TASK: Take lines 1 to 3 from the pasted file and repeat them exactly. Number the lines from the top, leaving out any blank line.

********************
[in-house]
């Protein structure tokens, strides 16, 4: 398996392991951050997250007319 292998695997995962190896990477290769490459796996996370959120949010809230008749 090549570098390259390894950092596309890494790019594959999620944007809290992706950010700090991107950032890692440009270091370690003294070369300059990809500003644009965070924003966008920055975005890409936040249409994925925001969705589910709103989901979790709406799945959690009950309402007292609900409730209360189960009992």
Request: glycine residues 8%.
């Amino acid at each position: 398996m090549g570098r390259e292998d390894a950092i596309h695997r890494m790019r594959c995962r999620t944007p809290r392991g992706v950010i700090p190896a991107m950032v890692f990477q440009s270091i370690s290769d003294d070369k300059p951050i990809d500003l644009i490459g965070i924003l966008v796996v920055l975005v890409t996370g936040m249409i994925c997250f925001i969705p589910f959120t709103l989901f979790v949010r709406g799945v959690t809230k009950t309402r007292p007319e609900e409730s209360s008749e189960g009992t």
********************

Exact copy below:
[in-house]
């Protein structure tokens, strides 16, 4: 398996392991951050997250007319 292998695997995962190896990477290769490459796996996370959120949010809230008749 090549570098390259390894950092596309890494790019594959999620944007809290992706950010700090991107950032890692440009270091370690003294070369300059990809500003644009965070924003966008920055975005890409936040249409994925925001969705589910709103989901979790709406799945959690009950309402007292609900409730209360189960009992």
Request: glycine residues 8%.